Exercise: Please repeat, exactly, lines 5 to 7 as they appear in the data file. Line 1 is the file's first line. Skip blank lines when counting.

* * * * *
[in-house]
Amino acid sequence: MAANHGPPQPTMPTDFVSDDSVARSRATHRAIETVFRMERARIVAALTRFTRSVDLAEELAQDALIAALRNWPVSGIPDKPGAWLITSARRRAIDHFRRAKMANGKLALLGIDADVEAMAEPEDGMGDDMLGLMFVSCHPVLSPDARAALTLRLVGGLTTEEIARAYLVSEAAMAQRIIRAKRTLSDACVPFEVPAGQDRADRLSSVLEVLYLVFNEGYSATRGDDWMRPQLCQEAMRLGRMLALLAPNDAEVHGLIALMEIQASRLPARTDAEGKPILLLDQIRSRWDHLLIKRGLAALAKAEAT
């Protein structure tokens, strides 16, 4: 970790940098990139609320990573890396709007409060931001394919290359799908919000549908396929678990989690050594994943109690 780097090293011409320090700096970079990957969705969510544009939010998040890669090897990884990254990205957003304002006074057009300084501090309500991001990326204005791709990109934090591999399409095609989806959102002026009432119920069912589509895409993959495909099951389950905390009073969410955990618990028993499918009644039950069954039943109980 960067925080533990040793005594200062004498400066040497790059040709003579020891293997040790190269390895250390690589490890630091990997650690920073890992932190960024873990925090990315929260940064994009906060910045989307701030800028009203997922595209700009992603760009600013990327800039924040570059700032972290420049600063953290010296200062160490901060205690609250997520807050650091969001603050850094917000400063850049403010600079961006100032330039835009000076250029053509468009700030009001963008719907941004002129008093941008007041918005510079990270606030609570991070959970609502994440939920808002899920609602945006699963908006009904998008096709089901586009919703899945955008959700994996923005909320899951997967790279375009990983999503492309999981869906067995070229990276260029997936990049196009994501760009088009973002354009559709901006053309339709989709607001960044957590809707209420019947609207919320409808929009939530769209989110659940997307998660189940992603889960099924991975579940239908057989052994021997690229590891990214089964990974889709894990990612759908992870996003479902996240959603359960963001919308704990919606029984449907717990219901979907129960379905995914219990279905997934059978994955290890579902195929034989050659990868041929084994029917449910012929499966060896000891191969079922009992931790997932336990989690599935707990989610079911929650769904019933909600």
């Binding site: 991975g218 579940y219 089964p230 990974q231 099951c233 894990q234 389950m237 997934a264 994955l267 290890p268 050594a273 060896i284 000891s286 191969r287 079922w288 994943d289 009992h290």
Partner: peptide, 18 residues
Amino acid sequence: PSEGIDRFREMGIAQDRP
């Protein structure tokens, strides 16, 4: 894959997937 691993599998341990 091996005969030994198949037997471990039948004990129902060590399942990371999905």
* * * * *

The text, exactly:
Partner: peptide, 18 residues
Amino acid sequence: PSEGIDRFREMGIAQDRP
């Protein structure tokens, strides 16, 4: 894959997937 691993599998341990 091996005969030994198949037997471990039948004990129902060590399942990371999905």